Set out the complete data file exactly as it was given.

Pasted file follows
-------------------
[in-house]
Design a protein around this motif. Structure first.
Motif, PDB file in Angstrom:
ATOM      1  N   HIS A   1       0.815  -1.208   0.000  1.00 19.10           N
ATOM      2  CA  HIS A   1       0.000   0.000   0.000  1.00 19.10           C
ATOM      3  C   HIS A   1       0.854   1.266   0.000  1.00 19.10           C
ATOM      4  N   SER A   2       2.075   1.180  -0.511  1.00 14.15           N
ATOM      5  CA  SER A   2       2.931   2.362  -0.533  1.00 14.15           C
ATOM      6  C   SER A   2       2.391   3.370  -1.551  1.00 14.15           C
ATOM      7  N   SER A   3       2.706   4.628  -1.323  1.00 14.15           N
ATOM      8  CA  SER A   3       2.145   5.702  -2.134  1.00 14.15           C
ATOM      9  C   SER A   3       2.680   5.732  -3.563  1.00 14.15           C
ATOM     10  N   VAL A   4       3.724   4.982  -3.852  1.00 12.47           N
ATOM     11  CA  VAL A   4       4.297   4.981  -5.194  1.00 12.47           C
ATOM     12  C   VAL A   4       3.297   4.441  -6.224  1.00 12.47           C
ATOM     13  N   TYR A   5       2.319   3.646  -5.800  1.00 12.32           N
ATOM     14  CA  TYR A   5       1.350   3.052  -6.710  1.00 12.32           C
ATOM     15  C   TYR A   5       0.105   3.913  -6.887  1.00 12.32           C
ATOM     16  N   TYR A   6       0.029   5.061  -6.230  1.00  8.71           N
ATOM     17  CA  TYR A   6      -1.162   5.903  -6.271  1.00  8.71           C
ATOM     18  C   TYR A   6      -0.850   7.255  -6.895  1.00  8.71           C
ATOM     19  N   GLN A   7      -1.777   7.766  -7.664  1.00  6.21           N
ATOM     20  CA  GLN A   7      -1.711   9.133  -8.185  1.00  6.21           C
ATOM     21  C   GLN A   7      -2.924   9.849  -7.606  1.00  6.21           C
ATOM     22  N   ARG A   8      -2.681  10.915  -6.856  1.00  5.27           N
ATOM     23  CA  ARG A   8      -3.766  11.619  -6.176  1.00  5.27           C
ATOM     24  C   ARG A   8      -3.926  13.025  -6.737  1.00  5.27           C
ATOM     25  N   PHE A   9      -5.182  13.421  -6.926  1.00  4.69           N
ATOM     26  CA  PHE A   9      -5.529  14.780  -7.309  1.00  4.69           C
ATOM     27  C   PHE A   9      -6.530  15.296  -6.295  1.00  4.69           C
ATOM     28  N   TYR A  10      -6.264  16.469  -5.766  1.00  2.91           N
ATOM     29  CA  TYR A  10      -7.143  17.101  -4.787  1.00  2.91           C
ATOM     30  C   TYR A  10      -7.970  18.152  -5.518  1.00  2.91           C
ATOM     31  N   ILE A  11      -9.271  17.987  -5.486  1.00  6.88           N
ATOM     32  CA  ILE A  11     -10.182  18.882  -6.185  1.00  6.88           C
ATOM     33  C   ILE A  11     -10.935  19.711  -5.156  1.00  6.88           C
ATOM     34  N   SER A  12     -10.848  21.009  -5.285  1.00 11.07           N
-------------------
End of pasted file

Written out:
[in-house]
Design a protein around this motif. Structure first.
Motif, PDB file in Angstrom:
ATOM      1  N   HIS A   1       0.815  -1.208   0.000  1.00 19.10           N
ATOM      2  CA  HIS A   1       0.000   0.000   0.000  1.00 19.10           C
ATOM      3  C   HIS A   1       0.854   1.266   0.000  1.00 19.10           C
ATOM      4  N   SER A   2       2.075   1.180  -0.511  1.00 14.15           N
ATOM      5  CA  SER A   2       2.931   2.362  -0.533  1.00 14.15           C
ATOM      6  C   SER A   2       2.391   3.370  -1.551  1.00 14.15           C
ATOM      7  N   SER A   3       2.706   4.628  -1.323  1.00 14.15           N
ATOM      8  CA  SER A   3       2.145   5.702  -2.134  1.00 14.15           C
ATOM      9  C   SER A   3       2.680   5.732  -3.563  1.00 14.15           C
ATOM     10  N   VAL A   4       3.724   4.982  -3.852  1.00 12.47           N
ATOM     11  CA  VAL A   4       4.297   4.981  -5.194  1.00 12.47           C
ATOM     12  C   VAL A   4       3.297   4.441  -6.224  1.00 12.47           C
ATOM     13  N   TYR A   5       2.319   3.646  -5.800  1.00 12.32           N
ATOM     14  CA  TYR A   5       1.350   3.052  -6.710  1.00 12.32           C
ATOM     15  C   TYR A   5       0.105   3.913  -6.887  1.00 12.32           C
ATOM     16  N   TYR A   6       0.029   5.061  -6.230  1.00  8.71           N
ATOM     17  CA  TYR A   6      -1.162   5.903  -6.271  1.00  8.71           C
ATOM     18  C   TYR A   6      -0.850   7.255  -6.895  1.00  8.71           C
ATOM     19  N   GLN A   7      -1.777   7.766  -7.664  1.00  6.21           N
ATOM     20  CA  GLN A   7      -1.711   9.133  -8.185  1.00  6.21           C
ATOM     21  C   GLN A   7      -2.924   9.849  -7.606  1.00  6.21           C
ATOM     22  N   ARG A   8      -2.681  10.915  -6.856  1.00  5.27           N
ATOM     23  CA  ARG A   8      -3.766  11.619  -6.176  1.00  5.27           C
ATOM     24  C   ARG A   8      -3.926  13.025  -6.737  1.00  5.27           C
ATOM     25  N   PHE A   9      -5.182  13.421  -6.926  1.00  4.69           N
ATOM     26  CA  PHE A   9      -5.529  14.780  -7.309  1.00  4.69           C
ATOM     27  C   PHE A   9      -6.530  15.296  -6.295  1.00  4.69           C
ATOM     28  N   TYR A  10      -6.264  16.469  -5.766  1.00  2.91           N
ATOM     29  CA  TYR A  10      -7.143  17.101  -4.787  1.00  2.91           C
ATOM     30  C   TYR A  10      -7.970  18.152  -5.518  1.00  2.91           C
ATOM     31  N   ILE A  11      -9.271  17.987  -5.486  1.00  6.88           N
ATOM     32  CA  ILE A  11     -10.182  18.882  -6.185  1.00  6.88           C
ATOM     33  C   ILE A  11     -10.935  19.711  -5.156  1.00  6.88           C
ATOM     34  N   SER A  12     -10.848  21.009  -5.285  1.00 11.07           N